Welcome to The Benchmark, powered by Blend. In this video series, Blend’s executives meet with leaders across industries to share insights about growth and success during a time of extraordinary change.
The two had a wide-ranging discussion: how customer expectations have shifted during the pandemic; what’s changed — and hasn’t changed — in mortgage since Ryan started as an LO 16 years ago; and what’s ahead for lenders in 2021 and beyond.
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Explore three takeaways from the video
1. Mortgage customers have been displaying a greater sense of urgency in 2020
Nima opened their conversation by asking Ryan what differences he has seen from IBERIABANK’s customers since the beginning of the coronavirus pandemic. “Are there shifts in what they expect from you?”
“There’s a sense of urgency with our customers these days,” said Ryan. “It’s due to the uncertainty that’s out there, maybe their financial situation changing, all those things coming together. It’s really pushed them to be aggressive in getting through the [application] process as quickly as possible.
When the Federal Reserve cut interest rates to shore up the economy at the beginning of the coronavirus pandemic, it set off a wave of mortgage refinance and purchase applications that continued through 2020. Agile mortgage lenders quickly adjusted to the new normal, reinventing themselves amid the new social distancing guidelines and offering more online capabilities for their customers.
IBERIABANK managed a healthy jump in refi applications from its customers while remaining focused on its core business.
“Purchase has always been our forte even in large refinance years,” explained Ryan. “We are usually heavier on the purchase side of things because we know that’s where the longevity is. We do take advantage of refinance periods like this to gain opportunities for future purchase market share. And we put a lot of effort into customer data, making sure we have everything we need to be able to continue to touch that borrower.”
2. Amid the many innovations in banking, personalized service remains paramount
Tapping into Ryan’s deep professional experience, Nima then sought a retrospective view to gain some industry perspective.
“You’ve been at IBERIABANK for 16 years since you started out as an LO,” he said. “What are some of the things that were true 16 years ago that are still true today? And what are some things that you’ve seen dramatically shift?”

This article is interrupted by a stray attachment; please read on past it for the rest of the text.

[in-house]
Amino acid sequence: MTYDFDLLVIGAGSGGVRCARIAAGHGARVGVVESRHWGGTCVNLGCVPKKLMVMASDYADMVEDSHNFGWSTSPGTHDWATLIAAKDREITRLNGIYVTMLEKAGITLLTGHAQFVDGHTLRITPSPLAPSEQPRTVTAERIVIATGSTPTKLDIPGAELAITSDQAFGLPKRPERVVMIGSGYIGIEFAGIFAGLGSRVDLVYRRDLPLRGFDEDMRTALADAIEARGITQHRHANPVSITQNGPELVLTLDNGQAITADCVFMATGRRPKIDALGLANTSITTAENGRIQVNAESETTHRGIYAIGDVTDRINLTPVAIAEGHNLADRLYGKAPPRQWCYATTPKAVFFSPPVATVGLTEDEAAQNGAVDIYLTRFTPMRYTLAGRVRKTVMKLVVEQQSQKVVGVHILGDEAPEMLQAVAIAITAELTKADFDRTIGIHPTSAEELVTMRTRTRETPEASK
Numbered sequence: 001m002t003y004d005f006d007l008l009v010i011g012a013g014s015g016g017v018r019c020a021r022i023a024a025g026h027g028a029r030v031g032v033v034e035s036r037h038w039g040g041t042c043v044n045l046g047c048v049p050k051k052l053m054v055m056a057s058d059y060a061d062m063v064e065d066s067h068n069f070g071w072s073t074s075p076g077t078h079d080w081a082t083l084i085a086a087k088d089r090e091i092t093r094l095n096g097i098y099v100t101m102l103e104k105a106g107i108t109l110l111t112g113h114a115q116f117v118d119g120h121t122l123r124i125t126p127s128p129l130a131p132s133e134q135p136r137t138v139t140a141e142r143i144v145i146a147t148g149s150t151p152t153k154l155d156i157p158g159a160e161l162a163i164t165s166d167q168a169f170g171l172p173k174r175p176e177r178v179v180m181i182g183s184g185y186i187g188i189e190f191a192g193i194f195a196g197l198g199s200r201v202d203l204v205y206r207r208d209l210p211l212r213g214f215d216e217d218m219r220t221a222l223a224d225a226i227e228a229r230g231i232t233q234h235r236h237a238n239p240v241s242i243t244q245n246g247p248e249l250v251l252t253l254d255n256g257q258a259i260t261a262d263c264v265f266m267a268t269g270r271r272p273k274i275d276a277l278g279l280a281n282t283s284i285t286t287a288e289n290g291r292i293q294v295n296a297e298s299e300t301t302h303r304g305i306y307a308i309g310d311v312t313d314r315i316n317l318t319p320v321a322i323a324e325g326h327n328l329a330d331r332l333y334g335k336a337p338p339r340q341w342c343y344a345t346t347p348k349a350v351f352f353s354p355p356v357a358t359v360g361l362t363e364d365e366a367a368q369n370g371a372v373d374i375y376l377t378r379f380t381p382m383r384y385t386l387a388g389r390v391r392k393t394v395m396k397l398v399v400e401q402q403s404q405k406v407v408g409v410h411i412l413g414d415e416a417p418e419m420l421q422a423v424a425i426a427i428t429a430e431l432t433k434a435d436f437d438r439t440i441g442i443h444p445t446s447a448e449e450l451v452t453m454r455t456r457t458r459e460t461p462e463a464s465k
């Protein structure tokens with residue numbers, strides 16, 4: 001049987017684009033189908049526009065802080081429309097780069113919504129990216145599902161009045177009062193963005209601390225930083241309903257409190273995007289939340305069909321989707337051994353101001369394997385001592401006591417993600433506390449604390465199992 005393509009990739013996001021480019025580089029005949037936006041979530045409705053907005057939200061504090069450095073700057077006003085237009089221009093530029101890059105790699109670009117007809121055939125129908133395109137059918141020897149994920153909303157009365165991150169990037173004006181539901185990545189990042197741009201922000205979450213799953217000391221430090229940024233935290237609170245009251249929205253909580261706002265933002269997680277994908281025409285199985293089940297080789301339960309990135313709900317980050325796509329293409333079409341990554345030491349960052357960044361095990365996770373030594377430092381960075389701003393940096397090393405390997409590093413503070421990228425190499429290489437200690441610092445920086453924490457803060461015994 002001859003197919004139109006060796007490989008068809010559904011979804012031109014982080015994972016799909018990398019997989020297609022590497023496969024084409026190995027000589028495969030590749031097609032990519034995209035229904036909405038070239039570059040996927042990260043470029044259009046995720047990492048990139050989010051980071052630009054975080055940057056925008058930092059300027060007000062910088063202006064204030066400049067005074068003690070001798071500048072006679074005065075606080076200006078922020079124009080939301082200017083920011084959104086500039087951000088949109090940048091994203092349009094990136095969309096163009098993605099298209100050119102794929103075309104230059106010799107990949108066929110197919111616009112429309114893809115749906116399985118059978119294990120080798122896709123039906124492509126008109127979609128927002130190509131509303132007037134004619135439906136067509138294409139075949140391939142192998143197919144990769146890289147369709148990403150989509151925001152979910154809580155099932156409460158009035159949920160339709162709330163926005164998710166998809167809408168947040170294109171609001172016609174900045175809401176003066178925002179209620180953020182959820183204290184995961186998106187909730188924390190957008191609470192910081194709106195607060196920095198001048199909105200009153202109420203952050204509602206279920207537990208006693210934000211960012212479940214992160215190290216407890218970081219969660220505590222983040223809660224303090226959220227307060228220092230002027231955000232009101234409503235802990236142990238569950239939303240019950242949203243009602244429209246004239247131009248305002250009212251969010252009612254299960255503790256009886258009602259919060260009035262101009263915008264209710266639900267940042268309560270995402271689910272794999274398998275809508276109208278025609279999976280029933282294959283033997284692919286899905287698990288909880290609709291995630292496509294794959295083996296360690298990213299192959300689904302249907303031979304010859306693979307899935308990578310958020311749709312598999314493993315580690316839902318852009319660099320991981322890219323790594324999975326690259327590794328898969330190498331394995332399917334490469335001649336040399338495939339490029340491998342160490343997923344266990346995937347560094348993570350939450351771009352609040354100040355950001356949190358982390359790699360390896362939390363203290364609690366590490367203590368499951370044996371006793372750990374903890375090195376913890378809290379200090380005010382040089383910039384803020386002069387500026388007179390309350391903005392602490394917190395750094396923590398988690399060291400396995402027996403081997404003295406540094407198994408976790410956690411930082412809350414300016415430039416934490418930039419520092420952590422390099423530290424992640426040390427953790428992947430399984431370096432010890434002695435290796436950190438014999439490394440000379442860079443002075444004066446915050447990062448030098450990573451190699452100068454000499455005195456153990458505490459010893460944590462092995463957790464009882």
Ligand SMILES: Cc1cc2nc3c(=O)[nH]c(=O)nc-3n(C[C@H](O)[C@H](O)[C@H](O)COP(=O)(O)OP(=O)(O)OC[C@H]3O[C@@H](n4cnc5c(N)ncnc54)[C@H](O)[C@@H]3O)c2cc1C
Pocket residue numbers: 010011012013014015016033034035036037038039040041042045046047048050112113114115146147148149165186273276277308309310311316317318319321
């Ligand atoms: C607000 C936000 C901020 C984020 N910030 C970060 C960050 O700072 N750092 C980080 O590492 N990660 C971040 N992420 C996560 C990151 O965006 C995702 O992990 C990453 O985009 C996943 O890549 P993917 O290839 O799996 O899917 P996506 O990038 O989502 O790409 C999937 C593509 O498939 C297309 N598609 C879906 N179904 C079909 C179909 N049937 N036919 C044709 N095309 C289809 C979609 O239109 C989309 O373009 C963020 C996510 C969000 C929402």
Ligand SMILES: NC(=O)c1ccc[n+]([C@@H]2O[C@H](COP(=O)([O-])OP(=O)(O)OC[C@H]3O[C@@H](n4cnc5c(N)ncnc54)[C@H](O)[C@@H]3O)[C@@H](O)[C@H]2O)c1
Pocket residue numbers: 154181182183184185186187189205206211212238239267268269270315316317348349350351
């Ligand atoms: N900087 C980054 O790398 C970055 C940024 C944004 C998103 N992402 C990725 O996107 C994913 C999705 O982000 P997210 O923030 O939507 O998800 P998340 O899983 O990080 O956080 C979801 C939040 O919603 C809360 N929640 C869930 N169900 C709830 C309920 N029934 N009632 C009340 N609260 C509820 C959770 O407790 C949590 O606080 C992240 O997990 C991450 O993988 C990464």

The homebuyer journey has changed significantly in just the past several years, as consumers want to be able to apply for a mortgage safely, securely, and remotely, just as they shop for many other goods and services. The pandemic has only accelerated the demand for more digital tools and services.
But a key differentiator hasn’t changed at all.
“One thing that hasn’t changed is the borrower’s expectation for a personal touch during the process,” said Ryan. “You have to meet them where they are and you have to touch them as often as they want to be reached out to.”
Ryan then pointed out one key industry practice that definitely has changed, especially this year.
“We’re not meeting with anyone in person and we no longer need to,” he said. “Over time it’s become a lot more convenient for borrowers not having to take time out of their busy day [to meet with a banker in person]. That’s been a good innovation. We no longer have to meet with anyone face to face unless the borrower chooses to.”
3. Fulfilling the promise of an end-to-end digital mortgage
At Blend we value transparency in our pursuit of a truly valuable experience for our customers — and their customers. During their conversation Nima asked Ryan if he had any advice for Blend that could help improve the customer experience.
“What are some of the key missing ingredients you’re thinking about that could make the homebuying and home refinance process better for your customers?” he asked. “If you had one piece of advice for me of what to build next at Blend, what would you suggest?
Ryan returned to a theme the two had touched on earlier in their conversation.
“There’s probably two major things that we can focus on to get us to that point where you truly have an end-to-end digital mortgage experience,” he said.
“The first is how we validate information from borrowers. There’s been a lot of strides made over the last couple of years with the income and employment verification systems, but there’s still too many participants who are not part of those systems and other documents that we use for verification, like retirement account information and those types of things. There’s still a lot of work to do as far as being able to reach out and validate some things without having the borrower track it down for us.
“Second, there’s been a big push, obviously, during the pandemic for eClose options and Remote Online Notarization. That’s probably the part of the process that is still around the corner for us. We’re still doing things in person and obviously no one wants to be in person right now.”
“Anything else?” Nima wanted to know. “When you look at the current environment, are there other things that need to change?”
“We could still do a lot of work in how we value property and how quickly we return those results,” said Ryan.
“The GSEs are on the right track as far as the data that they’re keeping and how frequently they need new data to stay current on the values of those properties,” he said. “But I really think that having an appraiser go out to a property to assess the condition of a property is probably unnecessary at this point on most transactions. So the more we can get to this place where we’re doing automated valuations of property, the better off we’ll be.”
Curious about what keeps Ryan Atkins personally motivated and inspired outside of work?